New Trends in Breast Imaging
- Screening mammography for breast cancer detection has led to the development of various imaging modalities. Some utilize ionizing and others non-ionizing radiation. The well-known advantages of X-rays have resulted in various imaging modalities with the intention of enhancing safety and efficacy. Digital mammography spawned the development of several derived technologies, including digital breast tomosynthesis (DBT) and contrast-enhanced digital mammography (CEDM) . Combining DBT with CEDM has been shown to limit the effect of surrounding soft tissue and achieving higher contrast between malignancy and surrounding tissue .
- One of the most promising areas of health innovation is the application of artificial intelligence (AI) in biomedical imaging. Medical imaging has always been an integral part of disease diagnosis and treatment decision-making. Innovations in medical imaging techniques have led to a surge in the volume of increasingly complex imaging investigations.
- Contrast-enhanced mammography (CEM) was introduced in 2011 as a modality able to increase mammography’s diagnostic performance. A CEM examination consists of an intravenous administration of an iodinated contrast agent, followed by a dual-energy mammography of both breasts in two views as minimum (Fig. 1). Different CEM units from different vendors are currently available and the imaging protocol was published earlier . Multiple studies have shown that this approach increases the diagnostic accuracy of mammography significantly [2,3], even matching the performance of breast MRI .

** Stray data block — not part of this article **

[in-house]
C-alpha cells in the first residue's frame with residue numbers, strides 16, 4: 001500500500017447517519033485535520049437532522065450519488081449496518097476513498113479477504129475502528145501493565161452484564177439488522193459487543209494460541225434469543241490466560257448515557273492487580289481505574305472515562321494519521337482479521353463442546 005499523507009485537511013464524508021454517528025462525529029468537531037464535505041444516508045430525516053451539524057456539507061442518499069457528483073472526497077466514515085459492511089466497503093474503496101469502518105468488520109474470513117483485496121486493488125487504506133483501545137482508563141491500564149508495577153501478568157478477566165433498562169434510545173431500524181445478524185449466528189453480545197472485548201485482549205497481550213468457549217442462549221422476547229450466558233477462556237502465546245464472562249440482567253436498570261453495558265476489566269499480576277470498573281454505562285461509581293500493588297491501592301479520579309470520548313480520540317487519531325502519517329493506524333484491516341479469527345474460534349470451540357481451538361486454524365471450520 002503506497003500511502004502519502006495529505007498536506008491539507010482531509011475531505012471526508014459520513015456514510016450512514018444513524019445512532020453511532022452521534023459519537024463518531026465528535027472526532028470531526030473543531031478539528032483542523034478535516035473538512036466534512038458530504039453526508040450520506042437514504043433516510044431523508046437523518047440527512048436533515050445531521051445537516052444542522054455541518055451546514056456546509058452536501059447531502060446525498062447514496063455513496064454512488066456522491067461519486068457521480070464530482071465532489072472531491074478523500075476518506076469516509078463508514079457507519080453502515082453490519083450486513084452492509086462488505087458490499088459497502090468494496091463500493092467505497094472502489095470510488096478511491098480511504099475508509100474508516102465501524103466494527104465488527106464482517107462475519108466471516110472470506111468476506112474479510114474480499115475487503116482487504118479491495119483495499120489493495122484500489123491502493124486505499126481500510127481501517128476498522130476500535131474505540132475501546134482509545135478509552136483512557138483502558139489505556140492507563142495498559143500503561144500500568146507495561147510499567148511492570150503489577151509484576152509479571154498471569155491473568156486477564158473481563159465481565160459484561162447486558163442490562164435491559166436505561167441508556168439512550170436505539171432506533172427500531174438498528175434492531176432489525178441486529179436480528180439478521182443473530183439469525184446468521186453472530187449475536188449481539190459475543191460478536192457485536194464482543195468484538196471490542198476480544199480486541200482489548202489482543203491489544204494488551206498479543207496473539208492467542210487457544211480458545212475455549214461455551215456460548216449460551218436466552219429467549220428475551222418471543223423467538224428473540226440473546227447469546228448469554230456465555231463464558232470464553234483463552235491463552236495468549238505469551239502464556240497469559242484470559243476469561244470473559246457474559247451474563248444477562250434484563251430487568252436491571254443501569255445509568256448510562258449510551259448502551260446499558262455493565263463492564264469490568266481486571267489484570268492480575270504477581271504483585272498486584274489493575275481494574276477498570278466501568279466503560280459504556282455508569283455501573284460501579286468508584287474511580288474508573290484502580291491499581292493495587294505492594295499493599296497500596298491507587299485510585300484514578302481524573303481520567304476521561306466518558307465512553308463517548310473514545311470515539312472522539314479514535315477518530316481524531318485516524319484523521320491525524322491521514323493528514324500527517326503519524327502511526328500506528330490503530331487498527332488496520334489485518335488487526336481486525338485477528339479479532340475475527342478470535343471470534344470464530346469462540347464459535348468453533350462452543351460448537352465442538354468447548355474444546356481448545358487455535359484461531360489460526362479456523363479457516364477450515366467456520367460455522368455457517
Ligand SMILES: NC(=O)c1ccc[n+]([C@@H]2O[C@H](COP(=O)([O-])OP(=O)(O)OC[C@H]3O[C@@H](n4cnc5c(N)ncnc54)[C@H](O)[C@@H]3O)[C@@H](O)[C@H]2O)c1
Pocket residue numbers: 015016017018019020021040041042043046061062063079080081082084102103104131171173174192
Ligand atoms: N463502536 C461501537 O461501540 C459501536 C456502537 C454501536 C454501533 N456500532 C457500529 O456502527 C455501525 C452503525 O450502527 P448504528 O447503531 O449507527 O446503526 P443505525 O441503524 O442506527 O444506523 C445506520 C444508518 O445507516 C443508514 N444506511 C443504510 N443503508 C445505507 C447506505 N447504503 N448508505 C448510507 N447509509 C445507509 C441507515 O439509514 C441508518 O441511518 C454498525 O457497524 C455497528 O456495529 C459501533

- The aim of any population screening programme is to reduce mortality while minimising harm to the individual and at an acceptable financial cost to the health economy . When specifically discussing breast screening, reducing mortality depends not on overall cancer detection but on identifying small high grade invasive cancers  and high grade DCIS . Tabar  showed that in the Swedish 2 counties study much of mortality reduction was due to grade 3 cancer detection (P < 0.001) and more deaths prevented from grade 3 tumors (n = 95) than grade 1 and 2 tumors combined (n = 48).